February 21, 2012

F1 Pr0n: Mercedes W03

The last of the heavy hitters is late to the party, but at least they've finally showed up.  Ladies and Gentlemen, might I introduce the Mercedes W03!

Apparently, Merc is kinda cheating just a little bit on the platypus.  Only the outside edges of the bump are at the legal height... which fits the letter of the law, if perhaps not the spirit.  Since this is F1, it's already been declared legal. 

Small sidepods, small radiator intakes, not much of an undercut, a pair of extra intakes just behind the airbox... and oh my gawd the platypus looks completely hideous on the W03.  Ross Brawn hisownself came out and said that the nose design "is certainly an acquired taste."  So is the barrel of a shotgun.

The team says that there's 4500 parts to the W03, up 200 from last year's car.  They say that like it's a good thing, but isn't that 200 more things that can go wrong?  I dunno; Merc is saying that they're going to make a run at the championship this year, and more power to them.  But I just don't see it happening.  They've been 4th the past two years, and while I'd love to see them jump Ferrari, McLaren and Red Bull, it seems like a stretch.

But then, they were once known as Brawn GP... and we all know what happened there.

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February 10, 2012

F1 Pr0n: Williams FW34

Sir Frank's team is one of a regal history having fallen on hard times of late.  The team has been around for 35 years, and is one of F1's historical "Big Four" teams (with Ferrari, McLaren and Renault).  In the time I've been an active fan of the sport, however, they team has, at best, just been okay... and at worst, they've been bad.  So will a return to Renault engines, paired with the new FW34 chassis bring a return to prominence?

No less an individual than Sir Frank Williams hisownbadself has said that the new car has less than 5% parts in common with last year's FW33.  In some ways, this is good: that car was a dog.  It's also quite the risk, as F1 teams have historically found that evolution, not revolution, is the way to success.  Again, though, the 2011 car was just bad and there probably wasn't all that much worth keeping.  Having said all that... the Williams' paint job is terrible for seeing details.  The platypus step looks like it's a vertical wall.  It's not, but that's the way it looks.  Big air intakes, maybe the largest we've seen so far.  I'm amused by the Gillette sponsorship on the multi-level front wings... ladies and gentlemen, the twin-bladed razor of F1 cars!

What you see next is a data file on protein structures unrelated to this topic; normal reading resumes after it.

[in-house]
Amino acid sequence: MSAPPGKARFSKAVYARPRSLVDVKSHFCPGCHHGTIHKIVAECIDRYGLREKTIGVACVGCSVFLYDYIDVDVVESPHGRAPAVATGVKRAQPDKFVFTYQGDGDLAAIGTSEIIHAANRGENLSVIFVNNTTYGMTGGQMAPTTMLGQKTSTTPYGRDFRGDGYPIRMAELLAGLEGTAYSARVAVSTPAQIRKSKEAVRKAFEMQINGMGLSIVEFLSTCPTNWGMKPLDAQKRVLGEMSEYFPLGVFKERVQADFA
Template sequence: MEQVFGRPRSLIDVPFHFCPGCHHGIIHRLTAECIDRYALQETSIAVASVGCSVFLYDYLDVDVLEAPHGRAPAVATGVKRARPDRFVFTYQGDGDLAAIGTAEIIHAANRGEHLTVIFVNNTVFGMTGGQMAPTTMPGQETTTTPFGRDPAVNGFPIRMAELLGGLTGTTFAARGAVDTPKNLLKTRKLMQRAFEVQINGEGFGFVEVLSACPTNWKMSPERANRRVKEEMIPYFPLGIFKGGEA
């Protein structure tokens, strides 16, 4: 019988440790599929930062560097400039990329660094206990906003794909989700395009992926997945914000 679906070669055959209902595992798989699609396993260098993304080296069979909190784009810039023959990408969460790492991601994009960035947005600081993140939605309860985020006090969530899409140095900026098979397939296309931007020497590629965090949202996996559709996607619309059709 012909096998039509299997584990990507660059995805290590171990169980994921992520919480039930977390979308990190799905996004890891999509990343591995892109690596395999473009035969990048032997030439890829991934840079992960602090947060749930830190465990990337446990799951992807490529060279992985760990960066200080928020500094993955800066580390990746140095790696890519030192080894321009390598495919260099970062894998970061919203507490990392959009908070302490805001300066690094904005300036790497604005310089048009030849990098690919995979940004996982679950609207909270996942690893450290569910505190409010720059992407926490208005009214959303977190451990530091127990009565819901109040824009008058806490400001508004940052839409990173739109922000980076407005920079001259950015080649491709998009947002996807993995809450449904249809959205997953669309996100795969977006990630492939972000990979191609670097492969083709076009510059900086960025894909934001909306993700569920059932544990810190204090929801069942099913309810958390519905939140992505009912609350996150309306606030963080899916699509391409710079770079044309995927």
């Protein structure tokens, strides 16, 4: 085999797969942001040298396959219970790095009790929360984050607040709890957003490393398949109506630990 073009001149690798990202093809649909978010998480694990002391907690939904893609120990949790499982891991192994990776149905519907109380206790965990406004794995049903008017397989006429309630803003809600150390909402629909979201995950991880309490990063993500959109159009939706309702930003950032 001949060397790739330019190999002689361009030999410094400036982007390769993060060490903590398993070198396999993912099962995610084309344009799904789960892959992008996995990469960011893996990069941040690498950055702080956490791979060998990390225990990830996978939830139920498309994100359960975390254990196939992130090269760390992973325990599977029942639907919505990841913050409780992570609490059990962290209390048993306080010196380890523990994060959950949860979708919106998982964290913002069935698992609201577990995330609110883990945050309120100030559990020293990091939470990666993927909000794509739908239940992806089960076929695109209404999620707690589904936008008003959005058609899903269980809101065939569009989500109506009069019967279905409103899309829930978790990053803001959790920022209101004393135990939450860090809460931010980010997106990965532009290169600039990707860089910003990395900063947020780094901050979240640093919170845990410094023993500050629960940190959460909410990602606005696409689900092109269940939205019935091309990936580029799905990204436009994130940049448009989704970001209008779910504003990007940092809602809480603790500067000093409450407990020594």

Wacky rear wing!  The sidepods are small-ish, but nicely shaped.  No undercut on them at all though.  I HATE the the "flying" fin on the airbox.  I'm sure it's aerodynamic, but I just don't like it.  I'm kinda struggling for stuff to talk about with this car.  Of course, I've talked about what, six or seven others already?

I've lowered the contrast by 50%, I've boosted the brightness by 30%, and increased the saturation, and the car still looks like it's sucking in all light within 20 feet.  Ugly nose.  Having said all that, I really hope there's some speed in this chassis.  Formula 1 would be much better off with Williams being good. 

I'll admit it: I got nuthin' here.  The team sounds like they're excited about the FW34, but they would do, wouldn't they?  On the other hand, I can't get excited about it.  If everything goes right, does anybody realistically see them finishing any better than 5th in the constructors?

That's a darn shame.

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February 07, 2012

F1 Pr0n: Red Bull RB8

While the boys from Milton Keynes debuted their 2012 challenger yesterday, it wasn't much of a much.  Instead of actually showing the car in any way, they released a couple of renders and a crappy video.  However, with today being the start of Winter Testing in Jerez, Spain, we got to REALLY see the RB8 for the first time today.  Or, at least, we did once it finally took to the track some four hours late.  Seems the delivery of some important part of the car was delayed by fog at the airport.  Whoopsie.

Well, that's different.  Red Bull's solution to the platypus nose is to hollow it out... which makes sense, once you think about it.  That vent is certainly being used to cool the driver, the electronics, or both.  It probably does away with a lot of the drag caused by the stairstep, too... or at least removes much of the disturbed airflow from where it'd do the most damage, aerodynamically.  The sidepod inlets are smaller in comparison to last year's runaway winner, though not dramatically so. 


In fact, there aren't all that many changes from the RB7 (above, bottom).  I mean, beyond the obvious platypus nose.  The airbox cover doesn't have the thin fin any longer and the verticals on the rear wing are now square with dangling "fingers", as opposed to the curved cut of last year's car.  The sidepods don't look as high, but they also don't seem to slope down as far.  So, not many obvious changes, but that shouldn't be a surprise... I mean, it's not like the RB7 wasn't the best car around in 2011 or anything.  As I mentioned last year, any changes are probably under the skin.

After looking at the slot in the nose, I think we've finally figured out where Mark Webber and Seb Vettel have to slide their timecards.  That nose might just be the worst of the bunch... what is it that it reminds me of?  Oh... oh yeah, I've got it.

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February 06, 2012

F1 MegaPr0n: Lotus, Sauber and Toro Rosso